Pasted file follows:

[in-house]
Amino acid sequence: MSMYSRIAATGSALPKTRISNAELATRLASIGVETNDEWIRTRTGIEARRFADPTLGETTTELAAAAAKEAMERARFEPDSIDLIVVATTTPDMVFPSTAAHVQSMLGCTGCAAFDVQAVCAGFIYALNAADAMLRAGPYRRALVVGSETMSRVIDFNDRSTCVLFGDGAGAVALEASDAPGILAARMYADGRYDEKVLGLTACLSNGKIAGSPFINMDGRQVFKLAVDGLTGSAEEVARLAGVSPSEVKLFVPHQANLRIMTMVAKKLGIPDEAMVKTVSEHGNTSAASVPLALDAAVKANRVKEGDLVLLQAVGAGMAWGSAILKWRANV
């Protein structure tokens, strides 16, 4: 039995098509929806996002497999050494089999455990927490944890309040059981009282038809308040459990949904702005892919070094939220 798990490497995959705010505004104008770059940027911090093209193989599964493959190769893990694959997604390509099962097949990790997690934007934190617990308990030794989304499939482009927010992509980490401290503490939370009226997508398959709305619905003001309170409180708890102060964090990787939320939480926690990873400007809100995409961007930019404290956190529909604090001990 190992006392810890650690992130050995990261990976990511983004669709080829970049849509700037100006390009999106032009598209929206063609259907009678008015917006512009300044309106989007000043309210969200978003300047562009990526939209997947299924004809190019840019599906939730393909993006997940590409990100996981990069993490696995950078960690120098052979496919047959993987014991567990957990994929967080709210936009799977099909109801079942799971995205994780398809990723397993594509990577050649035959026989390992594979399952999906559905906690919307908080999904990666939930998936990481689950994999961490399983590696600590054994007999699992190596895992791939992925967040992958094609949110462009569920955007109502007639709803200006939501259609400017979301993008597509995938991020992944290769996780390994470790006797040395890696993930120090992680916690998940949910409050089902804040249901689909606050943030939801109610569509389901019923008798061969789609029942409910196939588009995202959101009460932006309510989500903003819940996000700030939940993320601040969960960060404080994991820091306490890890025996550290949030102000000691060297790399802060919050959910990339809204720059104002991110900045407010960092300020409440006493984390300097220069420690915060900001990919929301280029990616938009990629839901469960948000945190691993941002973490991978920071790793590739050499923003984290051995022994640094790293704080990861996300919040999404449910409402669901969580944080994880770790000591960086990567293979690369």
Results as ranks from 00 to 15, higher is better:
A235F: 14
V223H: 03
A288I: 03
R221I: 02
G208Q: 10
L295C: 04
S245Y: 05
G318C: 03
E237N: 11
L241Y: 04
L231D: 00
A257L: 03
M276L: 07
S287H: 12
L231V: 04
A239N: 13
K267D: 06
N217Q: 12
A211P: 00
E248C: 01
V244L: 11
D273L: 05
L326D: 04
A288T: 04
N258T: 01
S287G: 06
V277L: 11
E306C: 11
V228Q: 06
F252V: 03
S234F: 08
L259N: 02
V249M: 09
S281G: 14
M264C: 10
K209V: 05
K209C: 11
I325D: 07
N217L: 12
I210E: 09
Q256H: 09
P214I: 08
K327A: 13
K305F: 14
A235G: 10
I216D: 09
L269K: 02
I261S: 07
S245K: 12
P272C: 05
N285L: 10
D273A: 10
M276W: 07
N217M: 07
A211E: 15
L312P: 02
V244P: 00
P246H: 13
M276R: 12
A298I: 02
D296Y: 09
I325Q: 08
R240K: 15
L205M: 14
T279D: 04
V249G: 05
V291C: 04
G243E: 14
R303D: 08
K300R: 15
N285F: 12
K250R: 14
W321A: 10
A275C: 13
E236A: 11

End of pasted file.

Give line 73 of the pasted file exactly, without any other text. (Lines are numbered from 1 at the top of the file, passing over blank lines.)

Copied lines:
R303D: 08